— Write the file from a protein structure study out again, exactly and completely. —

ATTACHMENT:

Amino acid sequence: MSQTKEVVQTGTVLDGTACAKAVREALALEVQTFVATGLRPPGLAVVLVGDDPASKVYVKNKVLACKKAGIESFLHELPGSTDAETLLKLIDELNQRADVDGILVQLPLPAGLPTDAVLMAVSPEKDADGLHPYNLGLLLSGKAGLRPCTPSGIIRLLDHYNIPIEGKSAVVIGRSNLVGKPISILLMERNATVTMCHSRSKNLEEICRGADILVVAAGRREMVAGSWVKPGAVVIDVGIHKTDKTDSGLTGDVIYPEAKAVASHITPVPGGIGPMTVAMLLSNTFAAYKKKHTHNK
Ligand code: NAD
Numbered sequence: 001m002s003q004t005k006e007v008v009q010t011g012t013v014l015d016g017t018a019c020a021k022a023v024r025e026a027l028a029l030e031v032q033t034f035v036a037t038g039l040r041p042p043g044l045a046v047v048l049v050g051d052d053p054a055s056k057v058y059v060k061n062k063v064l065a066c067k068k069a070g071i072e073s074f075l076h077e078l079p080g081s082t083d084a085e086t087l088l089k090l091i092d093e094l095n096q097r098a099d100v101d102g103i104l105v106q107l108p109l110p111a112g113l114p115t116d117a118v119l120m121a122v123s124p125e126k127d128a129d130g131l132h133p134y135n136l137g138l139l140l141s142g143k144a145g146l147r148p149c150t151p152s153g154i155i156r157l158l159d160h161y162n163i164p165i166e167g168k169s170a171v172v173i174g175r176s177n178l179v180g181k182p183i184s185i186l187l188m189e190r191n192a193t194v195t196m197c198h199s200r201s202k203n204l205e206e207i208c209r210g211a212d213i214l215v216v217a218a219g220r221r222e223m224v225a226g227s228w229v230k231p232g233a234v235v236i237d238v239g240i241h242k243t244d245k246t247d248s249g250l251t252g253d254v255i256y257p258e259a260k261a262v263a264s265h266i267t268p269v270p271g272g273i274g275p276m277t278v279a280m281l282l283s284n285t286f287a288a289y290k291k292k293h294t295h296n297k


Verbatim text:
Amino acid sequence: MSQTKEVVQTGTVLDGTACAKAVREALALEVQTFVATGLRPPGLAVVLVGDDPASKVYVKNKVLACKKAGIESFLHELPGSTDAETLLKLIDELNQRADVDGILVQLPLPAGLPTDAVLMAVSPEKDADGLHPYNLGLLLSGKAGLRPCTPSGIIRLLDHYNIPIEGKSAVVIGRSNLVGKPISILLMERNATVTMCHSRSKNLEEICRGADILVVAAGRREMVAGSWVKPGAVVIDVGIHKTDKTDSGLTGDVIYPEAKAVASHITPVPGGIGPMTVAMLLSNTFAAYKKKHTHNK
Ligand code: NAD
Numbered sequence: 001m002s003q004t005k006e007v008v009q010t011g012t013v014l015d016g017t018a019c020a021k022a023v024r025e026a027l028a029l030e031v032q033t034f035v036a037t038g039l040r041p042p043g044l045a046v047v048l049v050g051d052d053p054a055s056k057v058y059v060k061n062k063v064l065a066c067k068k069a070g071i072e073s074f075l076h077e078l079p080g081s082t083d084a085e086t087l088l089k090l091i092d093e094l095n096q097r098a099d100v101d102g103i104l105v106q107l108p109l110p111a112g113l114p115t116d117a118v119l120m121a122v123s124p125e126k127d128a129d130g131l132h133p134y135n136l137g138l139l140l141s142g143k144a145g146l147r148p149c150t151p152s153g154i155i156r157l158l159d160h161y162n163i164p165i166e167g168k169s170a171v172v173i174g175r176s177n178l179v180g181k182p183i184s185i186l187l188m189e190r191n192a193t194v195t196m197c198h199s200r201s202k203n204l205e206e207i208c209r210g211a212d213i214l215v216v217a218a219g220r221r222e223m224v225a226g227s228w229v230k231p232g233a234v235v236i237d238v239g240i241h242k243t244d245k246t247d248s249g250l251t252g253d254v255i256y257p258e259a260k261a262v263a264s265h266i267t268p269v270p271g272g273i274g275p276m277t278v279a280m281l282l283s284n285t286f287a288a289y290k291k292k293h294t295h296n297k